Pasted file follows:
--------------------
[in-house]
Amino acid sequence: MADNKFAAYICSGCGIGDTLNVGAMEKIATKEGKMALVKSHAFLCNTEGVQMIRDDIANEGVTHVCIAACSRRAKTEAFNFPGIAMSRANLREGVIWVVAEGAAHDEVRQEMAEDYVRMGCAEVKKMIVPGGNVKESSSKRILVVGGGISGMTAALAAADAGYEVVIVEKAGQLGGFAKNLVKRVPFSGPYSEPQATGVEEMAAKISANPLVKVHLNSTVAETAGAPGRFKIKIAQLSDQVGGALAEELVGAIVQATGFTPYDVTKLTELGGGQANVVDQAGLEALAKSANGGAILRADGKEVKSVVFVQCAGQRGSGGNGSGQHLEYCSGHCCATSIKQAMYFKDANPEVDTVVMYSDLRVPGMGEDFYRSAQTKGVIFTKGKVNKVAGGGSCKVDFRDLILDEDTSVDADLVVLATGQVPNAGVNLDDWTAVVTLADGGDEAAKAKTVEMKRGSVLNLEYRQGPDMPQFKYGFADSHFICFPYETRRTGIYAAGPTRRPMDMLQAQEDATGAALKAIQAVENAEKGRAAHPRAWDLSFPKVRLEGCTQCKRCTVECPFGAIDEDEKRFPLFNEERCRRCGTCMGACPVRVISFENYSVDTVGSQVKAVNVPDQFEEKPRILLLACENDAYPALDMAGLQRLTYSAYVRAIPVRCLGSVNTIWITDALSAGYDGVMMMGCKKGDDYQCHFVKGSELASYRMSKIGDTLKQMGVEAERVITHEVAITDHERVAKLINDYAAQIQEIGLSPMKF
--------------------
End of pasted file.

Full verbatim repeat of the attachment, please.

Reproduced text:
[in-house]
Amino acid sequence: MADNKFAAYICSGCGIGDTLNVGAMEKIATKEGKMALVKSHAFLCNTEGVQMIRDDIANEGVTHVCIAACSRRAKTEAFNFPGIAMSRANLREGVIWVVAEGAAHDEVRQEMAEDYVRMGCAEVKKMIVPGGNVKESSSKRILVVGGGISGMTAALAAADAGYEVVIVEKAGQLGGFAKNLVKRVPFSGPYSEPQATGVEEMAAKISANPLVKVHLNSTVAETAGAPGRFKIKIAQLSDQVGGALAEELVGAIVQATGFTPYDVTKLTELGGGQANVVDQAGLEALAKSANGGAILRADGKEVKSVVFVQCAGQRGSGGNGSGQHLEYCSGHCCATSIKQAMYFKDANPEVDTVVMYSDLRVPGMGEDFYRSAQTKGVIFTKGKVNKVAGGGSCKVDFRDLILDEDTSVDADLVVLATGQVPNAGVNLDDWTAVVTLADGGDEAAKAKTVEMKRGSVLNLEYRQGPDMPQFKYGFADSHFICFPYETRRTGIYAAGPTRRPMDMLQAQEDATGAALKAIQAVENAEKGRAAHPRAWDLSFPKVRLEGCTQCKRCTVECPFGAIDEDEKRFPLFNEERCRRCGTCMGACPVRVISFENYSVDTVGSQVKAVNVPDQFEEKPRILLLACENDAYPALDMAGLQRLTYSAYVRAIPVRCLGSVNTIWITDALSAGYDGVMMMGCKKGDDYQCHFVKGSELASYRMSKIGDTLKQMGVEAERVITHEVAITDHERVAKLINDYAAQIQEIGLSPMKF